3 Amazing Tools If You Work With Refugees
You may have noticed that it has been longer than usual since I posted last - I promise I have a very good reason for that. This past week I participated in a continuing education course at Northwestern University in "Refugee Protection and the Rights and Process of (Re)Settlement." It was a week packed with lectures, discussions, reading, and learning. Participants came from all over the world to enhance their work with refugees or their academic study of forced migration. While the course sparked lots of ideas for blog posts that I'll share in the coming months, for now I just want to share 3 amazing tools I was introduced to during the week.
Training Videos from RefugeeLegalAidInformation.org
At it's heart being a refugee means being granted a legal status based on international law that affords certain individuals with certain rights to protection. So, in order to understand the legal rights of refugees and asylum seekers, you have to be familiar with refugee law. Having this knowledge is especially important today when the media is filled with contradictory information about how refugees are processed and screened, and how asylum seekers go about proving their right to protection.
RefugeeLegalAidInformation.org is a fantastic resource for understanding refugee law, but there is so much excellent information that it can be a bit overwhelming to navigate the website. The Well Founded Fear videos (first 3 videos on the linked page) are a helpful introduction to refugee law (particularly the difficult process asylum seekers go through to prove they qualify for refugee status and protection).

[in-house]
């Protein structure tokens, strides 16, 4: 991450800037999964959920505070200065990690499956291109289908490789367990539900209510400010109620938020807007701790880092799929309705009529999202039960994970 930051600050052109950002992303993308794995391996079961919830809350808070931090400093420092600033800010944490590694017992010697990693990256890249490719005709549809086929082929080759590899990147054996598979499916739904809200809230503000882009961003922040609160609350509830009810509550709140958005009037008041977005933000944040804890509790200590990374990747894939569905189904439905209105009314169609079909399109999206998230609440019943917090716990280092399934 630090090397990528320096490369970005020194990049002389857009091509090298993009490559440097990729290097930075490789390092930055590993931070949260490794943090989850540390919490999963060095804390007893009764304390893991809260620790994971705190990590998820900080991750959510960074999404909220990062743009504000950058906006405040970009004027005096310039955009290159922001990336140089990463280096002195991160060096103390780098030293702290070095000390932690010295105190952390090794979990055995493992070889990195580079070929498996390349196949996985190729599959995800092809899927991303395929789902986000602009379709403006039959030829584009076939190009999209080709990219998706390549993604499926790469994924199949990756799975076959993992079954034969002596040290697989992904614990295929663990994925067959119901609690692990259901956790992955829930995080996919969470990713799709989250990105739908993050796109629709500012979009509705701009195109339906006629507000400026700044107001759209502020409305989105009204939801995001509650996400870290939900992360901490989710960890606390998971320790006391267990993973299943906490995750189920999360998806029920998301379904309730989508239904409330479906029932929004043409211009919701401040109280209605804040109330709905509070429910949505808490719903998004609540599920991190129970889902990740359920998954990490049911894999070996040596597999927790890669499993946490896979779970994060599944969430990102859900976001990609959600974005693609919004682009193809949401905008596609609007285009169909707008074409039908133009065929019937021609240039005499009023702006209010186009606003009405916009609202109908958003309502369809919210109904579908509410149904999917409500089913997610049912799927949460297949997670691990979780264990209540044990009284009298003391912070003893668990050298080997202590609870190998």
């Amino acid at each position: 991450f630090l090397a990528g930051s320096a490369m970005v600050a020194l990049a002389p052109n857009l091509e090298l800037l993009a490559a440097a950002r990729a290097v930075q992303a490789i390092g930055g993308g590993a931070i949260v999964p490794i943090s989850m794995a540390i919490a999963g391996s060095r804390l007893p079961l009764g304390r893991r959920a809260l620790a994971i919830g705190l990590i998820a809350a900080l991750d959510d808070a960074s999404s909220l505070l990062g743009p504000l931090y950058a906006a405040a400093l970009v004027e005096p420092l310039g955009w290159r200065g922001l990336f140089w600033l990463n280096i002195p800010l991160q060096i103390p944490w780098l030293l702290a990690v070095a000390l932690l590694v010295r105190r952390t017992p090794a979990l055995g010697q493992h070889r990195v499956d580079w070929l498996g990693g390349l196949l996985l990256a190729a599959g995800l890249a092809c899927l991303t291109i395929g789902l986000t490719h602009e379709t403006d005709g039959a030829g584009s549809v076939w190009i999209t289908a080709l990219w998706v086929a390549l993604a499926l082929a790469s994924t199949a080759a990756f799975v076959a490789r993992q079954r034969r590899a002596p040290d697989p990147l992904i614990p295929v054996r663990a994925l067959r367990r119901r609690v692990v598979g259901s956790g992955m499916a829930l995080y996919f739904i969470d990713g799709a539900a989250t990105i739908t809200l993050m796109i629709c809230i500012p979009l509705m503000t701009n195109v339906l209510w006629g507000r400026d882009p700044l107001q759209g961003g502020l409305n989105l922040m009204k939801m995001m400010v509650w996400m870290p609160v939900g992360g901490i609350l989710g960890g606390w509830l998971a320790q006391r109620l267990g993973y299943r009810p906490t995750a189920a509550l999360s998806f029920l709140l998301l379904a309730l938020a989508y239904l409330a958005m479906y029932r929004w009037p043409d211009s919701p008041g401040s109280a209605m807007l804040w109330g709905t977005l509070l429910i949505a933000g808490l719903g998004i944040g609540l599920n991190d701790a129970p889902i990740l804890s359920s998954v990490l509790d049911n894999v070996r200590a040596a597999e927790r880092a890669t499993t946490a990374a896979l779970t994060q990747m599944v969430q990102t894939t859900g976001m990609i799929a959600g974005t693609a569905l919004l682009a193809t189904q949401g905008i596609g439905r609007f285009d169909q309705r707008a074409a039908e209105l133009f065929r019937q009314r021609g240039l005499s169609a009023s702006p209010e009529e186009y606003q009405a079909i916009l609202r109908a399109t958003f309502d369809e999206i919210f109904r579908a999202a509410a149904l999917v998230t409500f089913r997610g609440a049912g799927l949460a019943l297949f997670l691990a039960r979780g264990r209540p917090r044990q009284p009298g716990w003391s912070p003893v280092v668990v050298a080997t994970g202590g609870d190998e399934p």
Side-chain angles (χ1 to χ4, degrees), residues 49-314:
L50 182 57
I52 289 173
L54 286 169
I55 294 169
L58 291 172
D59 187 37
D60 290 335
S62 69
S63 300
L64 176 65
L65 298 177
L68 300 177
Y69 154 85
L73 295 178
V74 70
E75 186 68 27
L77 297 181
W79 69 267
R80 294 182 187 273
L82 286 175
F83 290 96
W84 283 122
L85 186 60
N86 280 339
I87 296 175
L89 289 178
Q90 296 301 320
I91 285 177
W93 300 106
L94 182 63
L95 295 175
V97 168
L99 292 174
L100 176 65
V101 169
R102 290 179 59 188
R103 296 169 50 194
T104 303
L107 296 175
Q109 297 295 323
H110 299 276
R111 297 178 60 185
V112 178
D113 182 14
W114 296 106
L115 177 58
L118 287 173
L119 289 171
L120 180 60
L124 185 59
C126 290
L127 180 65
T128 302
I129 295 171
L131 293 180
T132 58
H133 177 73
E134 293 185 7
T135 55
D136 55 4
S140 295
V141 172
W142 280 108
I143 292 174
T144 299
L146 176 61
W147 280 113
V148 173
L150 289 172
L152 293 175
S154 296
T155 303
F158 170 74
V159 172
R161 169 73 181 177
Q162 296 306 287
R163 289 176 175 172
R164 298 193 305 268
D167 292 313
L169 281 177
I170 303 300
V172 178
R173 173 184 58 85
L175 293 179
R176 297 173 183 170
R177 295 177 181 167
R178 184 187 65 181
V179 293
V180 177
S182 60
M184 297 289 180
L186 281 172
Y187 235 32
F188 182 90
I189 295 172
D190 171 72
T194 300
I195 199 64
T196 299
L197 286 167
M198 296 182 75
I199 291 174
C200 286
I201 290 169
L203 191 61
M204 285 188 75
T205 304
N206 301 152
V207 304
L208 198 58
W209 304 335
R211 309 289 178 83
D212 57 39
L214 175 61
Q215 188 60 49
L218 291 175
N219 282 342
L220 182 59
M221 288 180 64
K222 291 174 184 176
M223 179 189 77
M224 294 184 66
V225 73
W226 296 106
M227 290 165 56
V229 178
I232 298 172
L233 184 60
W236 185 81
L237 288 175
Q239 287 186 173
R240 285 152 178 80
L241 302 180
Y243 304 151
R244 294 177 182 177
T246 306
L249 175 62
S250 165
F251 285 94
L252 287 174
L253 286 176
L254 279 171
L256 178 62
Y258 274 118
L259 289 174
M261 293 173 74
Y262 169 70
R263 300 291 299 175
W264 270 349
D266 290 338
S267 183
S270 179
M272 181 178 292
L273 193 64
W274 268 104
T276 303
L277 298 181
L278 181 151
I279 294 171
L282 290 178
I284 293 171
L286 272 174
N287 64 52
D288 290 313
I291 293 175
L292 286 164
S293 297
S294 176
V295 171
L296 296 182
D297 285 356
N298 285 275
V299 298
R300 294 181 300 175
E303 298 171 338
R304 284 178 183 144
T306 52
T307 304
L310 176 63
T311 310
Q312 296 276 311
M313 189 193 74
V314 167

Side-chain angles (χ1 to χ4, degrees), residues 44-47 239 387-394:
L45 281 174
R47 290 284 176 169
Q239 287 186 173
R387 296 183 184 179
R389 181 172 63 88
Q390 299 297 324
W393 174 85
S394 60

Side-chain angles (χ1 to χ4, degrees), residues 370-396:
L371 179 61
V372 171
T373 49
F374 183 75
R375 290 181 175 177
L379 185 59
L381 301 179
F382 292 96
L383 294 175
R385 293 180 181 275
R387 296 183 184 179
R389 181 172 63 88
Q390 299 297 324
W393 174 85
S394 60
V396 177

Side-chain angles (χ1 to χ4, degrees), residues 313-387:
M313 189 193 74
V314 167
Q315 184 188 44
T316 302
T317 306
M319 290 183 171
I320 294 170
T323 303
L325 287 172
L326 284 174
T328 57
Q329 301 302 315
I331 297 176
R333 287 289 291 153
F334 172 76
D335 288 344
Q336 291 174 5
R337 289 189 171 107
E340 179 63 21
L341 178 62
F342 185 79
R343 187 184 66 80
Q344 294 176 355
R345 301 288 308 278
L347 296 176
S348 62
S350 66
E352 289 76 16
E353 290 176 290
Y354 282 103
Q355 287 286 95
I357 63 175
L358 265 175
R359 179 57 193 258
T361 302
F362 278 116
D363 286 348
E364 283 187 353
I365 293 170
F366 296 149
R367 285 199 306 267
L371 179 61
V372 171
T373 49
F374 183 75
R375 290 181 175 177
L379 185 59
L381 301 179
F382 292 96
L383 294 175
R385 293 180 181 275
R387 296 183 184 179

Upward Mobility for Refugees
One of our speakers during the week is the director of the Forced Migration Upward Mobility Project, the goal of which is "to rethink refugees in resettlement as active agents in their own livelihoods." Most refugees resettled in the US spend over 10 years in a minimum wage job with no real advancement opportunities, simply because they had little understanding of the US job market and how career laddering works. Those working on the Upward Mobility Project want to change that and help resettlement agencies and others who work with refugees to become more effective at helping refugees find careers, and not just jobs.
Visit their website to download their full report that explains how you can better assist the refugees you work with. You can also register for a seminar which are being held in major cities around the country this year.
Hope for Skilled Refugees
While the Forced Migration Upward Mobility Project (see above) specifically researches the career opportunities of refugees, an organization called Upwardly Global is taking steps to help highly skilled refugees and immigrants enter their profession in a new country. For refugees who were previously doctors, lawyers, or doing other highly skilled work, continuing their job after resettlement not only means learning a new language, but also become certified in their new home. This can be a confusing and difficult process, and that's where Upwardly Global comes in. They help candidates navigate the difficult process of becoming licensed in the US so that they can continue doing the job they love.
These are just 3 amazing tools out of the many that I learned about last week. If you are interested in attending something like the continuing course at Northwestern, leave a comment and let me know - I can point you to a few different options.
Image Source: Pixabay